It’s possibly the most staunch follower of rugby union in the land – if you look at the size of the town.
Hartlepool is a real stronghold for the sport and that is reflected in the research available to the keen historian, all stored at the Central Library.
Last week, we began a look at the history of the game in town with the help of Sandra McKay, from the library.
Today, we take a further glimpse.
“Hartlepool is unique in England as it maintains some eight rugby union clubs in a town of only 90,000 inhabitants,” said library officer Sandra.
But with a history of 145 years of the game, it is perhaps not surprising that the town has such a strong affinity with the sport.
Last week, we told how Hartlepool Rovers rose to become a force in the game.
By 1929, Rovers were already celebrating a golden jubilee, and the occasion was marked by post match celebrations in the Borough Hall with 350 officials, members and players both past and present turning up.
The game which had gone before was the famous Rovers tie against an Oakes XV. It was a strong Oakes side that year but they still could not stop Rovers from recording a 19-13 win, their fifth out of the last six in the fixture.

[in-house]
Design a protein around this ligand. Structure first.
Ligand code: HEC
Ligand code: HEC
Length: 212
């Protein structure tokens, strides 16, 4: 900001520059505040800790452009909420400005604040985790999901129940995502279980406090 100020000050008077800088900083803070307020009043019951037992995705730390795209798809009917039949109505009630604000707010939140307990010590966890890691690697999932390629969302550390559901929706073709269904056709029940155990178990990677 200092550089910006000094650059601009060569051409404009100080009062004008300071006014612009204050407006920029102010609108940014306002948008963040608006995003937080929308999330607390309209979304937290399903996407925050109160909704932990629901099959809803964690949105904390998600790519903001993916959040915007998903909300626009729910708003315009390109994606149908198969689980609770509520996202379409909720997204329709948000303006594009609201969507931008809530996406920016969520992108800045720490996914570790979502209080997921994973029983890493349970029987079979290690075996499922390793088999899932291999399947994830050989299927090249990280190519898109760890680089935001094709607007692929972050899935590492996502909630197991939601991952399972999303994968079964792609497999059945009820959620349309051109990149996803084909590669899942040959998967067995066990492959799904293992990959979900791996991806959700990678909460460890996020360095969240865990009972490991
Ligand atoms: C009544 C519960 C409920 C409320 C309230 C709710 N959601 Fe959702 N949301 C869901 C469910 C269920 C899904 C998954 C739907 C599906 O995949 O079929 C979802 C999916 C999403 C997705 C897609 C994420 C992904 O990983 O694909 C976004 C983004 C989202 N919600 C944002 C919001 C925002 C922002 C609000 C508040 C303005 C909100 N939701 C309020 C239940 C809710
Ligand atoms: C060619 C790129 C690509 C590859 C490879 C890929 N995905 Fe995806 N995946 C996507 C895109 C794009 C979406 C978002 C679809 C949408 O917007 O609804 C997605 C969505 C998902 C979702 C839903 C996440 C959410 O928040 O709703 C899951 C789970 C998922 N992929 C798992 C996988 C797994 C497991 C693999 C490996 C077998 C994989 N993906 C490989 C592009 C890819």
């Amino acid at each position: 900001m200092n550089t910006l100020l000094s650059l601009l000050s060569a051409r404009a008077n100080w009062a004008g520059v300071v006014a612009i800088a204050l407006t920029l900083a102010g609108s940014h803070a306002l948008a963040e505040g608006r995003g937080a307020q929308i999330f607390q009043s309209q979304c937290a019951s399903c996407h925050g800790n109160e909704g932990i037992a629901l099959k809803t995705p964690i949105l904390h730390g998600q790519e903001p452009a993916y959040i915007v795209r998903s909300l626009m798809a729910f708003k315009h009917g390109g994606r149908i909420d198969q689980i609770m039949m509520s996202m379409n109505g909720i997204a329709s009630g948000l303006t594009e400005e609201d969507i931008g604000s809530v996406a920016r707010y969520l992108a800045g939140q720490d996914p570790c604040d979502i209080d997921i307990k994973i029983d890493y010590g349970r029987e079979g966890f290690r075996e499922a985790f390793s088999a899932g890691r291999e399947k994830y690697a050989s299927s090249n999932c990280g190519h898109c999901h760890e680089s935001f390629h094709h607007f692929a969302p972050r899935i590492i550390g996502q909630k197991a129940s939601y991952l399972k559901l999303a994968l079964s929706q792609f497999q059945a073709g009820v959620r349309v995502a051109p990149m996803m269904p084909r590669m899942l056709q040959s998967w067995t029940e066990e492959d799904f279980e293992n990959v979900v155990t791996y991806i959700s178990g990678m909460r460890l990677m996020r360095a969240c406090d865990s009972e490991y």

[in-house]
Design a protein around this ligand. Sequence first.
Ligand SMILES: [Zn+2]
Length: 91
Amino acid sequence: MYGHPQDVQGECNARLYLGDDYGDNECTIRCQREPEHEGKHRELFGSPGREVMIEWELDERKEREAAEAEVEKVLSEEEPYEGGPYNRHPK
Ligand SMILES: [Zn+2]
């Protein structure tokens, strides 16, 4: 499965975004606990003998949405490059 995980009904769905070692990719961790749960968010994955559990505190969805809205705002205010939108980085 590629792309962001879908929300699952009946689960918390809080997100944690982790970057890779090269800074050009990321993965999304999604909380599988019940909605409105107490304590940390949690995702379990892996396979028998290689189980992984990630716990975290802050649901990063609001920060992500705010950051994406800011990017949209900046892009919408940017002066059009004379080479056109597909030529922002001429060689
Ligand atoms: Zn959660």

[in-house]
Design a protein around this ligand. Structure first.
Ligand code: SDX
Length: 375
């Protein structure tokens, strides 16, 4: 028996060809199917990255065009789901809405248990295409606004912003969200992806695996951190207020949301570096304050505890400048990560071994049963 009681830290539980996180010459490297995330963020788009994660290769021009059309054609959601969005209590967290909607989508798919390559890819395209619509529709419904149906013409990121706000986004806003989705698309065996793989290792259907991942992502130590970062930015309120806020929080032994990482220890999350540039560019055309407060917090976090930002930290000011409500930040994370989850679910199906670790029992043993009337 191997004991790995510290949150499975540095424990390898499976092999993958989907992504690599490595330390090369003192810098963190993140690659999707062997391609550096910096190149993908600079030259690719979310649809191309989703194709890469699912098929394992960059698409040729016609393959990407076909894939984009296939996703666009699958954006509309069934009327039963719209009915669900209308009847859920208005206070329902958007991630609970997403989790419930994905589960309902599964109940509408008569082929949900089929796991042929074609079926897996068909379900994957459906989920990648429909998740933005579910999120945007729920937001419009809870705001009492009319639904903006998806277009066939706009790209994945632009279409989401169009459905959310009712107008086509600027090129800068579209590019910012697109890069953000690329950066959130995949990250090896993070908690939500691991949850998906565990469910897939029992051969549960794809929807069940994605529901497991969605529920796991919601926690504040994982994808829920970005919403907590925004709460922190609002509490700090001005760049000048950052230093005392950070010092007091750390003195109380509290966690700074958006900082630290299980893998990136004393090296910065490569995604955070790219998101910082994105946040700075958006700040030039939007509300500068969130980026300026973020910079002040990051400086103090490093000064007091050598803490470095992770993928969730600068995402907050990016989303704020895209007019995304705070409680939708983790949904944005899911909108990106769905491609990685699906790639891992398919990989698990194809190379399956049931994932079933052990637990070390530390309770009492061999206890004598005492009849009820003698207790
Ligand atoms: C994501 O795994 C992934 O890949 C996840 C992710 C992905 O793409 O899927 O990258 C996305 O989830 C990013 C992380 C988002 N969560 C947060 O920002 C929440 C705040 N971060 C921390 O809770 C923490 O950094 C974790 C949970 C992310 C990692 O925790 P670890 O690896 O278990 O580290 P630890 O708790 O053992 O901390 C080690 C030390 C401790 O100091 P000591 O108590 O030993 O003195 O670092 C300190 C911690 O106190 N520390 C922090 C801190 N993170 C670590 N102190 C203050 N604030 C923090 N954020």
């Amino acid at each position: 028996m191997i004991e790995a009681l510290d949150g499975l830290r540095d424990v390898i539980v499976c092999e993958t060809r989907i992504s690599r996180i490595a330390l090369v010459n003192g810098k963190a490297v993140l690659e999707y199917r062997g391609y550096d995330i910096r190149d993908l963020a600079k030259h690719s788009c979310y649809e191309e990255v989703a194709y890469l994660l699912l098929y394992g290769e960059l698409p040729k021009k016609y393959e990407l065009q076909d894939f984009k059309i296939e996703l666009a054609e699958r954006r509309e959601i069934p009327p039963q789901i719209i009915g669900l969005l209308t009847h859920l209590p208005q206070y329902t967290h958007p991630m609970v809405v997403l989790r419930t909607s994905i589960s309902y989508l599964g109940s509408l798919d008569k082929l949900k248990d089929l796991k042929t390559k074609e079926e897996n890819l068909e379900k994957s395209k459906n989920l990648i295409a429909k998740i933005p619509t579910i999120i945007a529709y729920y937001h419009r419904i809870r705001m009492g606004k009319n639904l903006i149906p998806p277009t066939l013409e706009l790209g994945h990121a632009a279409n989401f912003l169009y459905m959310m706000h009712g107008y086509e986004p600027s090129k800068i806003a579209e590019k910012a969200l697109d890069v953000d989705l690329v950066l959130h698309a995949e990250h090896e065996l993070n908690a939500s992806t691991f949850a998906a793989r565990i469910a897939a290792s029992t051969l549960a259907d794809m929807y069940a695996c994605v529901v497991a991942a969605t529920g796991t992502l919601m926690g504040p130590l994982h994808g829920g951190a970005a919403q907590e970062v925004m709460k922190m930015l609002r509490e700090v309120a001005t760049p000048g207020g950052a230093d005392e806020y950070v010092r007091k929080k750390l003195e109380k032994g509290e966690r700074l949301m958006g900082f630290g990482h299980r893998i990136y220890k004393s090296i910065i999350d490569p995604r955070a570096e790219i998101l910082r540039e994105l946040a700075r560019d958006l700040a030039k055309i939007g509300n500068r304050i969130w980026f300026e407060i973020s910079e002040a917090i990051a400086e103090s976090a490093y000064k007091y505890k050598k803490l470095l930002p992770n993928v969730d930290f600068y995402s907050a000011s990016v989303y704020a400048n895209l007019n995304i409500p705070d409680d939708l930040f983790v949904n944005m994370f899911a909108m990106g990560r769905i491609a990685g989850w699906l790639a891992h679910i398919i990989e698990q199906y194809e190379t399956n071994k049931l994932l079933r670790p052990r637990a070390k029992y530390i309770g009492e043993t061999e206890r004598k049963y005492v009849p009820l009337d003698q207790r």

Other archived research in the Central Library includes a poster advertising the Rovers annual dinner for the year 1887.
It was a big year for Rovers, who were winners of the Durham County Challenge Cup, and they planned to celebrate at an annual dinner in the King’s Head Hotel.
The success of the side did not end there either.
Another image kindly shared by Sandra shows Rovers’ historic Durham County Senior Cup run in the 1938-39 season. Rovers went on to win the trophy for the 25th time in their history.
A photo of the occasion shows the squad lined up at their clubhouse in Moor Terrace, including captain AC Harrison.
Rugby’s strong Hartlepool roots were recorded for posterity after the World Cup was held in England in 2015.
Clubs got together with Hartlepool’s libraries and the town’s museum service to “record the rich local history of Rugby Union Football in the town and district”.
The library’s reference section – with its 500 years of recorded history – is worth a visit for keen historians.
Apart from sport, it has every official record on Hartlepool’s population since official records began in 1837, and every town Census since they were first logged in 1841.
The library is open between 10am and 6pm from Monday to Friday, and 10am to 2pm on Saturdays.
To find out more, contact (01429) 272905.